1. Here - Here is wherever you are generating your content- be it a laptop or desktop computer, portable hard disk, or the Web.  This is  the source for your digital information, where your work gets done. For most  researchers Here is a single  computer;  for some small but growing number Here is web-based applications like Google Docs. The latter individuals carry their research lives around with them on a USB hard drive and use a variety of available computers.  Wherever Here is for you, it’s the place you store and manipulate your data and documents and, like my primary cave light, it should be reliable and secure.  


Organize your files Here so that they fit neatly in one folder. The design after that can be hierarchical or flat to suit your style but if they are in one folder it makes protecting your data simpler.  If you live in the Microsoft PC world this could be your “My Documents” folder, or it could be any folder anywhere on your computer. Mine is on my desktop, and it’s called simply “work”.  I’m not going to moralize in this article about file naming strategies - find something that works for you and gives you comfort.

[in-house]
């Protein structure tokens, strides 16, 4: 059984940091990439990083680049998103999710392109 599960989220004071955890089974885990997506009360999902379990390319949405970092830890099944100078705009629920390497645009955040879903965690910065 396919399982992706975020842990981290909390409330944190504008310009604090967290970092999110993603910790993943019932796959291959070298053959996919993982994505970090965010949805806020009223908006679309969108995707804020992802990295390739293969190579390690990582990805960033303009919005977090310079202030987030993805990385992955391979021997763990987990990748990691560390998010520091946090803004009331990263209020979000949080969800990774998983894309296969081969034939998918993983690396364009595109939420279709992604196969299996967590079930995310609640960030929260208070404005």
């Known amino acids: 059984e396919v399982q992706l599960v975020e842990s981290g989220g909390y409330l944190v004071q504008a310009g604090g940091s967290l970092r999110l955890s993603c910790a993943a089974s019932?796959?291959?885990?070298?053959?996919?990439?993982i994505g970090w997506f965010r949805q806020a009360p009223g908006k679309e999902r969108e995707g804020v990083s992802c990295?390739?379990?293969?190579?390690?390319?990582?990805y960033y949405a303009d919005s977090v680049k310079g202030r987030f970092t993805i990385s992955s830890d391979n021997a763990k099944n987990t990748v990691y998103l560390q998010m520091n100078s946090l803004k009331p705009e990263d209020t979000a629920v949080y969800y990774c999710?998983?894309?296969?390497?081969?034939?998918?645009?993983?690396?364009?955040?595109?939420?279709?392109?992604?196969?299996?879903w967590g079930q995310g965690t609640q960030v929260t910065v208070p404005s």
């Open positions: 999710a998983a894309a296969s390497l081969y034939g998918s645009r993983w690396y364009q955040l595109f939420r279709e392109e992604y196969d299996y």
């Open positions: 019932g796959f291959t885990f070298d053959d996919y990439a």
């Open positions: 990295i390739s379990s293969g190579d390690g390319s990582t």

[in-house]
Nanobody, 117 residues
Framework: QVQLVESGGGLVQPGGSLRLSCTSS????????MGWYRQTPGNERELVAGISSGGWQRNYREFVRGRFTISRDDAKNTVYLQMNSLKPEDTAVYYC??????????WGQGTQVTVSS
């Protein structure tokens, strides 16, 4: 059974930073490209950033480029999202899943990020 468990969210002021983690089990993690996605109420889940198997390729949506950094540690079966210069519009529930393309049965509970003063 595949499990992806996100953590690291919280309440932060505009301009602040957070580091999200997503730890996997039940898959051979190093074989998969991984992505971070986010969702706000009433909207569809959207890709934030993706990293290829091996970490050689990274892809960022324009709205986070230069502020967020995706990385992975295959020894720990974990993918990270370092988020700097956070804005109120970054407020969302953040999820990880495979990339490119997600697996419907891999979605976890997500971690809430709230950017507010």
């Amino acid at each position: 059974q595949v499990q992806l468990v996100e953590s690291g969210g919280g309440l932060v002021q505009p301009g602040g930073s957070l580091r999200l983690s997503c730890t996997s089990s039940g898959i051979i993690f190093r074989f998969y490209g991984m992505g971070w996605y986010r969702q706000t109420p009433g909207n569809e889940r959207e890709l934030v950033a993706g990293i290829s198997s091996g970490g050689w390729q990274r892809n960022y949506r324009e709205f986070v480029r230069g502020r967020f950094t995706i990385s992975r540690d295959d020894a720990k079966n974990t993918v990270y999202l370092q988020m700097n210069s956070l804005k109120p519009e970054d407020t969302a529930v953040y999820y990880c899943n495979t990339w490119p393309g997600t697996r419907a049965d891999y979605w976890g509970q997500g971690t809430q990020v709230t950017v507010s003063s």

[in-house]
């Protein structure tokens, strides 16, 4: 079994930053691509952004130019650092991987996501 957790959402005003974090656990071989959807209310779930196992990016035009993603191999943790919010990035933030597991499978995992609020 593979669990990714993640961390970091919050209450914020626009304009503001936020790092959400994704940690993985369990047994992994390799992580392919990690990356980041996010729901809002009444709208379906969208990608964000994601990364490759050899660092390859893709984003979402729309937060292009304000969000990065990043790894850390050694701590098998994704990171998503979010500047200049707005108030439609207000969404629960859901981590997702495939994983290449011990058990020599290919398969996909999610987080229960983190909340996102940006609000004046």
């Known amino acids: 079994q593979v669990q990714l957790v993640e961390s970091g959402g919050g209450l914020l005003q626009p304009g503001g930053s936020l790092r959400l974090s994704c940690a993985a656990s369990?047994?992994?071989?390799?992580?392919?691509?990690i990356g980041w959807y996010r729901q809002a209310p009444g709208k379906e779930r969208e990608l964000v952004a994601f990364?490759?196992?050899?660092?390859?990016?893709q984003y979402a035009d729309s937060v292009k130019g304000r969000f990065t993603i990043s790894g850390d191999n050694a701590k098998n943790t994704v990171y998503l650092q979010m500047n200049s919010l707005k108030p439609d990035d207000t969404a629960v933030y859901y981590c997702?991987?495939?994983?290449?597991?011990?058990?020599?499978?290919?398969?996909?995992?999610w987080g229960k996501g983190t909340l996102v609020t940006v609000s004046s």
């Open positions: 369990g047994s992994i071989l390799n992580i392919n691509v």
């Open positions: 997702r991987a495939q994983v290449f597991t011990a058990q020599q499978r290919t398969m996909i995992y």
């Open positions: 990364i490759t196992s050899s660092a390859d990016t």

2. Near - If you have access to an institutional file server and procedures to store data and documents  - use them. You are doubling or perhaps tripling your protection depending on local practice.  If not, this is where a nice fat USB hard drive comes in handy.  These range in capacity up to terabytes and prices are dropping all the time.  In the Near is where you have to make some decisions.  You can use the operating system backup tools to write regular backups to your USB or Network drives - MAC OSX has a particularly nice one.  WINSCP is a particularly powerful tool for MS Windows users that can synchronize between drives. Or, you can do manual, drag and drop, backups and store your files in such a way to make them easy to recover.  In general, do not make a flash drive your Near data store. Grade A and B flash drives can be safely used for transport and for extra copies if you are not abusing them too much, e.g., carrying them around in a backpack that sometimes sits in a hot car.  I want my Near data copies close, like my secondary cave light,  and easily accessible ‘when’ I make mistakes.